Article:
In his majority opinion in Google v. Oracle, Justice Breyer synthesized material from multiple amicus briefs to buffer the Court’s main argument: “Amici supporting Google have summarized these same points—points that witnesses explained to the jury. See, e.g., Brief for Copyright Scholars as Amici Curiae 25 (“[T]he portions of Java SE that Google reimplemented may have helped preserve consistency of use within the larger Java developer community”); Brief for Microsoft Corporation as Amicus Curiae 22 (“[A]llowing reasonable fair use of functional code enables innovation that creates new opportunities for the whole market to grow”); Brief for 83 Computer Scientists as Amici Curiae 20 (“Reimplementing interfaces fueled widespread adoption of popular programming languages” (emphasis deleted)); Brief for R Street Institute et al. as Amici Curiae 15–20 (describing Oracle’s reimplementation of other APIs); see also Brief for American Antitrust Institute as Amicus Curiae 7 (“Copyright on largely functional elements of software that [have] become an industry standard gives a copyright holder anti-competitive power”).”
The case with the most amicus briefs this term at 81 was Fulton v. City of Philadelphia — a case looking at whether free exercise plaintiffs can only succeed by proving a particular type of discrimination claim — namely that the government would allow the same conduct by someone who held different religious views — or whether courts must consider other evidence that a law is not neutral and generally applicable. The 81 briefs were broken down into 34 for petitioner, 46 for respondent, 1 for neither.
Most cases did not have nearly as many amicus filings as the following histogram depicts:
The bulk of the cases this term had under 25 amicus briefs with only a handful having 40 amicus briefs or more.
The breakdown by case is as follows:
There are a striking number of amicus filings this term supporting neither party. Two cases, Minerva Surgical and Federal Republic of Germany v. Philipp both had four amicus briefs filed for neither party each. The cases with the most overall amicus briefs were Fulton v. City of Philadelphia, Google v. Oracle, Americans for Prosperity Foundation v. Bonta, and California v. Texas. On the other end of the spectrum zero briefs were filed in Salinas v. United States Railroad Retirement Board.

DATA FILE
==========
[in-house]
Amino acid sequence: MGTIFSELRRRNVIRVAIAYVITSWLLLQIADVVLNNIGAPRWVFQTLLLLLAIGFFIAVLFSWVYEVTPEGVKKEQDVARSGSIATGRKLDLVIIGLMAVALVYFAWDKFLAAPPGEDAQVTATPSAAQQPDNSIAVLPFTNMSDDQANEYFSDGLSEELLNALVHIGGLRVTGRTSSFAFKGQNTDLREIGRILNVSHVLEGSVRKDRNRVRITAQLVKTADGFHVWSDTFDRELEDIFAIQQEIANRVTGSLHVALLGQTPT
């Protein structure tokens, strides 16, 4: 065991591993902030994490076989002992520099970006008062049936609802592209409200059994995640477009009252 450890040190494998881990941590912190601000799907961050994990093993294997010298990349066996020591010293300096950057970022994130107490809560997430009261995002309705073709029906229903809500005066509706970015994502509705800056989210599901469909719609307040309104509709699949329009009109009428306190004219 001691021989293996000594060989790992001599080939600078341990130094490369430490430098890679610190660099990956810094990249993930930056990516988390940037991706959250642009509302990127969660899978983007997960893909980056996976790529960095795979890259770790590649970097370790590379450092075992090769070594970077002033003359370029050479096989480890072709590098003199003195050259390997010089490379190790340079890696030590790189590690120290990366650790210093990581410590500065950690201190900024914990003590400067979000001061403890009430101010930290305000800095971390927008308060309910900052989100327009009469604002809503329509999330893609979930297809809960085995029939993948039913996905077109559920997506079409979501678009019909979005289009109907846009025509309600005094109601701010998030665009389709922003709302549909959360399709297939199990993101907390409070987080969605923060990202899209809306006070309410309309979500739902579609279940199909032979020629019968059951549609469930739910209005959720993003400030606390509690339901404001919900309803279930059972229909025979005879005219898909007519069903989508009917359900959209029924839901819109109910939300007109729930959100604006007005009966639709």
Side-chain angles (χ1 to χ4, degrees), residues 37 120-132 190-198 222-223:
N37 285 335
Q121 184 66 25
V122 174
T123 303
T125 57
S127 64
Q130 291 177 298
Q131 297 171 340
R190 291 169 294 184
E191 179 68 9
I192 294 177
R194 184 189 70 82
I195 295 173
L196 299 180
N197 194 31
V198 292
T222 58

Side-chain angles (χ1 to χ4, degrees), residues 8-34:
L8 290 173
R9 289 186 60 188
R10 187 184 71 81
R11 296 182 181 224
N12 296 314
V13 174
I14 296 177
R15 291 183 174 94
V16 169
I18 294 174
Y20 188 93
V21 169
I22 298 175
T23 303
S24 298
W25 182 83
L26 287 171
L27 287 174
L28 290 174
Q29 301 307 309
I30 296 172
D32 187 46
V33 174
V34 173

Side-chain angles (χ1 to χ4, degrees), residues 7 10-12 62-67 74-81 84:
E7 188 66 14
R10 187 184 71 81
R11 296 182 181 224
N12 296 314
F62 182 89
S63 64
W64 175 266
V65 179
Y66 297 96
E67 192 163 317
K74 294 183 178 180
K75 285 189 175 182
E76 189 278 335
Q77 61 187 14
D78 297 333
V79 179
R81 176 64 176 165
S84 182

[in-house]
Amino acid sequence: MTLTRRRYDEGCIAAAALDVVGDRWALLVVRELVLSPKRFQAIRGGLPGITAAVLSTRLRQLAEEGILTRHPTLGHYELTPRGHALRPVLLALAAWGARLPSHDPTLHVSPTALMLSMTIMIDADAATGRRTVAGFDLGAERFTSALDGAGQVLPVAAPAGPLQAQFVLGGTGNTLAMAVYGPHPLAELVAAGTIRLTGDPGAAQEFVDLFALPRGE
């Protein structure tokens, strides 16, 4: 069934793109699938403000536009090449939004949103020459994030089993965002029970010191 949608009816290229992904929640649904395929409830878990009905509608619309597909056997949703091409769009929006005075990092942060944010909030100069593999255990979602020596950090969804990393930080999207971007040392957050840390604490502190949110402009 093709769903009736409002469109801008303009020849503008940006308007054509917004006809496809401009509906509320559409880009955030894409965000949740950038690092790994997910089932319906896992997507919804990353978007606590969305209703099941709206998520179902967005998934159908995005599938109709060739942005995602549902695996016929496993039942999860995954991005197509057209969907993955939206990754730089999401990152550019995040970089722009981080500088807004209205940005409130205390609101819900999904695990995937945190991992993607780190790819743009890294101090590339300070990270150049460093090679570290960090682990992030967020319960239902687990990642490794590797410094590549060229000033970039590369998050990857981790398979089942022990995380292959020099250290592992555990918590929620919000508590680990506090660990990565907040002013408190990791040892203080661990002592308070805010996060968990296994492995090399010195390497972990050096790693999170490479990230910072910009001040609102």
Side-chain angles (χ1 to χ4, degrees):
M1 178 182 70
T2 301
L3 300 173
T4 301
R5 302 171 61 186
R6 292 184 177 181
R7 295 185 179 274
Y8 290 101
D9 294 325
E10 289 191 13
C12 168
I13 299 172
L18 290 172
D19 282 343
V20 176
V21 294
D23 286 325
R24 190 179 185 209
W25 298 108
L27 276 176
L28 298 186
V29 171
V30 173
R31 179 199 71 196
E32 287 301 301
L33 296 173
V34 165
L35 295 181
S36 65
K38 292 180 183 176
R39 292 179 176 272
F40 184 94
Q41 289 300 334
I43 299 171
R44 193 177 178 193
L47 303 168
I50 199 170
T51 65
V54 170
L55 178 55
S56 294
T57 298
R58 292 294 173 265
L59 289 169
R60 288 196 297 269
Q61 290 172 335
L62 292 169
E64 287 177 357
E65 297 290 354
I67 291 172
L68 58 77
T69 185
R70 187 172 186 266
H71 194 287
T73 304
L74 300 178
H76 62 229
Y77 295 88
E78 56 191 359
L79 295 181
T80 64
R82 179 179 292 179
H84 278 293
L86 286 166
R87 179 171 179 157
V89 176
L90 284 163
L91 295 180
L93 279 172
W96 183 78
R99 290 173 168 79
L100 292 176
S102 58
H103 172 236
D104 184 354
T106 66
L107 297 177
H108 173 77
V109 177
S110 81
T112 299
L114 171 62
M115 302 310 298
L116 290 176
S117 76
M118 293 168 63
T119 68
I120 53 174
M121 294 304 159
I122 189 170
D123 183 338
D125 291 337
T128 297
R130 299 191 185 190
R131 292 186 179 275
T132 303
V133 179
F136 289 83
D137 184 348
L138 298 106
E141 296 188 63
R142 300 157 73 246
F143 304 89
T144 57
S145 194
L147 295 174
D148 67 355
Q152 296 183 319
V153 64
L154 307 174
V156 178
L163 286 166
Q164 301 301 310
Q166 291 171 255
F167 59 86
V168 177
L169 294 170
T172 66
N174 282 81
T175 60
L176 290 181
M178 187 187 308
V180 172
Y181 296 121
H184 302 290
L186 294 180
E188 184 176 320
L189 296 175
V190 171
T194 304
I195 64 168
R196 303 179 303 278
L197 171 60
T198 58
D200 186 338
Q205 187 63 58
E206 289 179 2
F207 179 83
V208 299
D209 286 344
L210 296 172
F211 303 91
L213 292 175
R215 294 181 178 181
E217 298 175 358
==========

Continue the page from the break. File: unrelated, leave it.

Finally, we see many repeat amicus players throughout each term. The following graph shows the most prolific filers this term in terms of absolute filing count. This only shows groups with at least three amicus filings.
The ACLU and Cato Institute led all filers with 14 amicus briefs on the merits this term. They are followed by National Association of Criminal Defense Lawyers with 13, and the U.S. Chamber of Commerce and Americans for Prosperity each with 12. The group Americans for Prosperity is especially notable as not only were they one of the top amicus filers this term, but they also had 52 amicus briefs filed in the case where they were the petitioning party.
These most involved interest groups are some of the more ideological as well and we can gather that their ideological goals are reflected in their briefs to the Court. As groups from the left and right balance each other out in terms of overall filings, the justices have a vast array of material to study, to support their points, and to bolster their arguments whether they are ideologically valenced or not.